The “Semmelweis Reflex” is a metaphor for our reflex-like tendency to reject new evidence or new knowledge because it contradicts our established norms, beliefs or paradigms. It is named for Ignaz Semmelweis, a Hungarian obstetrician who found lasting scientific fame, but only posthumously.
Semmelweis discovered that the often-fatal puerperal fever (“childbed fever”), common among new mothers in hospitals, could essentially be eliminated if doctors simply washed their hands before assisting with childbirth. After observing that a particular obstetrical ward suffered unusually high instances of the disease and that doctors there often worked in the morgue right before aiding in childbirth but had not washed their hands in between, Semmelweis speculated that “cadaverous material” could be passed from doctors’ hands to patients, causing the disease. He thereupon initiated a strict regimen at his hospital whereby all who would assist in a birthing must first wash their hands with a chlorinated solution. As a consequence, death rates plummeted.
Semmelweis expected a revolution in hospital hygiene as a consequence of his findings. But it didn’t come.
His hypothesis, that there was only one cause of the disease and that it could be prevented simply through cleanliness was extreme at the time and ran counter to the prevailing medical ideology, which insisted that diseases had multiple causes. Despite the practical demonstration of its effectiveness, his approach was largely ignored, rejected or even ridiculed. In other words, ideology trumped facts. Things got so bad that Semmelweis was ultimately dismissed from his hospital post and harassed by the medical community in Vienna, forcing him to move to Budapest.
The story gets even stranger from this point. In Budapest, Semmelweis grew increasingly outspoken and hostile towards physicians who refused to acknowledge his discovery and implement his protocols. Vitriolic exchanges ensued, in medical literature and in letters, and Semmelweis was eventually lured to an asylum where his opponents had arranged for his incarceration. He was beaten severely and put in a straitjacket. He died within two weeks.
The Semmelweis approach only earned widespread acceptance many years after his death, when Louis Pasteur developed the germ theory of disease – which offered a theoretical explanation for the Semmelweis findings – and Joseph Lister, acting on the French microbiologist’s research, practiced and operated using hygienic methods to great success. As a consequence, Semmelweis is today considered a pioneer of antiseptic procedures and something of a martyr.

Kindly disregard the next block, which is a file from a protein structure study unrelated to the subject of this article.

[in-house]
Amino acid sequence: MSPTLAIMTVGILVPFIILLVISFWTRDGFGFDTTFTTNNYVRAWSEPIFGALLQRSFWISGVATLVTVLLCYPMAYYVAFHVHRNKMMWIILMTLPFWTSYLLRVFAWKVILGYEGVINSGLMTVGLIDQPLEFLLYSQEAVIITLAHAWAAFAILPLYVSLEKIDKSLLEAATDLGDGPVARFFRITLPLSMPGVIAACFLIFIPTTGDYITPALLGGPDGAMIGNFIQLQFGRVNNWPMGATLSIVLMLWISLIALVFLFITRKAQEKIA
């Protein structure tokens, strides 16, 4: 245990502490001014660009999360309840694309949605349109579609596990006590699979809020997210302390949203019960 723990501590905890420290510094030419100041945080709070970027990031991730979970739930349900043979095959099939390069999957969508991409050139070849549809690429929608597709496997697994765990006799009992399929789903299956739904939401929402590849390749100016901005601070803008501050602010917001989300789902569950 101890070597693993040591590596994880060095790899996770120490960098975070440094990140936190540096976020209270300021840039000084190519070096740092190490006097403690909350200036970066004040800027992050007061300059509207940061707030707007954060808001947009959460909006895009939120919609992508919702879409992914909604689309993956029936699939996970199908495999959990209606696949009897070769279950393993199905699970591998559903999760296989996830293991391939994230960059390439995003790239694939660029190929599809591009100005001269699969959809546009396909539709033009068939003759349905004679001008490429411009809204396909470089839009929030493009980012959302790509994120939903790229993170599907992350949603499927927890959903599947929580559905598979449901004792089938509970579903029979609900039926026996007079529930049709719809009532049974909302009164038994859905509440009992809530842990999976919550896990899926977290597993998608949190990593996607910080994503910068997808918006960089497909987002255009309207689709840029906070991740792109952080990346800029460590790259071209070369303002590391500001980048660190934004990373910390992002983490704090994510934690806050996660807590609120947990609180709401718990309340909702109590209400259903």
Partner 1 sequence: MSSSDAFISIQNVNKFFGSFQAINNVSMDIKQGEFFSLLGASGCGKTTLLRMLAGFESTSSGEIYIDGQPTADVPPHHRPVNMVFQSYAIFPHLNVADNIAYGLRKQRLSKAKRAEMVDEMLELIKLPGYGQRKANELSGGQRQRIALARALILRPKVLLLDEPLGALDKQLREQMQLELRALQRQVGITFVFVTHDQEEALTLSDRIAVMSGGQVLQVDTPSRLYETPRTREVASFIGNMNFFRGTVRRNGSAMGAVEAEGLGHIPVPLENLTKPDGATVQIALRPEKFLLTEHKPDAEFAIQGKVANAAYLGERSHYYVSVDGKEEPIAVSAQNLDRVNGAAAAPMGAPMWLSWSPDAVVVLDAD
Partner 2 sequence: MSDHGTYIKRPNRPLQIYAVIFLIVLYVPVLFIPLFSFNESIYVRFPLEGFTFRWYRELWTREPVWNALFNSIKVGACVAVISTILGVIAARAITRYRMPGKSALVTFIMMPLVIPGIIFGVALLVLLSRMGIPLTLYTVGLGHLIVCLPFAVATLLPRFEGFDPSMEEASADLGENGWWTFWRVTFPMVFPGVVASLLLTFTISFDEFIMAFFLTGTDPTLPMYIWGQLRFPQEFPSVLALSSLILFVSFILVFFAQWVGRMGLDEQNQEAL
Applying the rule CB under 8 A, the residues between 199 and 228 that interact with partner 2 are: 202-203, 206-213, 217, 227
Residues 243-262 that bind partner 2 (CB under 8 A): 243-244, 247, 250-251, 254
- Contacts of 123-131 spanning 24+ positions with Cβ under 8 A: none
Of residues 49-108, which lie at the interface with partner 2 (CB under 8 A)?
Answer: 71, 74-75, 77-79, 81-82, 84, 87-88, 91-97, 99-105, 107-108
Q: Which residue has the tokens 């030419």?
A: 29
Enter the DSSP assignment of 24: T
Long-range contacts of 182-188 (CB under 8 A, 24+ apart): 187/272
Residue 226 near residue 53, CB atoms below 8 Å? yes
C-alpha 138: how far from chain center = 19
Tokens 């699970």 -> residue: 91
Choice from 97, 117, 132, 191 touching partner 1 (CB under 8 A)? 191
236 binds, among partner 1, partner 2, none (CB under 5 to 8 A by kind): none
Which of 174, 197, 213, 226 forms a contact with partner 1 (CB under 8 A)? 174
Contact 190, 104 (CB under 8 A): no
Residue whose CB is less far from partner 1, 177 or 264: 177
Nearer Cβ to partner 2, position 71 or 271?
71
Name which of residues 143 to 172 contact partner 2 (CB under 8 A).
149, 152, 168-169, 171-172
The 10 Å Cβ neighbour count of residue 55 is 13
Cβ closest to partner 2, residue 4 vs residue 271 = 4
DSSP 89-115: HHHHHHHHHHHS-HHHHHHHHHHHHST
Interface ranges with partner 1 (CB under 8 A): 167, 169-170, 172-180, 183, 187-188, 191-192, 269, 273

“[I]t can be dangerous to be wrong, but, to be right, when society regards the majority’s falsehood as truth, could be fatal. This principle is especially true with respect to false truths that form an important part of an entire society’s belief system. In the past, such basic false truths were religious in nature. In the modern world, they are medical and political in nature.”
We have ideologies in the investment world, of course. The most prominent ideological divide probably relates to one’s view of the efficient market hypothesis and the extent to which one accepts or rejects active investment management. But the Semmelweis Reflex can be seen elsewhere and in more everyday investment matters too.
Being involved in investment management demands that one have a view and take a stand. The process of getting to that point all but guarantees that these positions will be strongly held. As such, we tend to hang onto them too strongly and too long. We can see it today with respect to (for example), gold, commodities, bonds, China and Apple, to name but a few.
As I mentioned earlier today, Barry Ritholtz has a typically outstanding piece up providing some good, practical advice for avoiding the Semmelweis Reflex and the investment blunders that ensue therefrom. It begins with the (readily demonstrable) premise that we’re going to be wrong a lot. Accordingly, we can’t hold onto our ideas or our positions (pun intended) too tightly. Instead, we need to be on a constant hunt for error. When we find it, we need to admit it and fix it, rinse and repeat. We even need to circle back and examine why and how the error came about. Our process might need fixing too.
Regular readers will have quickly recognized that this post reiterates some important themes for me: evidence over ideology; focusing on what works; and the perils posed by our behavioral biases. The key here is that Semmelweis developed a hypothesis, tested that hypothesis and, only after the hypothesis was borne out by facts did he act upon it. This full progression is imperative. Otherwise, every crackpot with some half-baked scheme could claim to be a victim of the Semmelweis Reflex. The proper distinction should be clear – Is the approach backed up by the data or not? If it isn’t, move along elsewhere. But if it is, be prepared to stand and fight.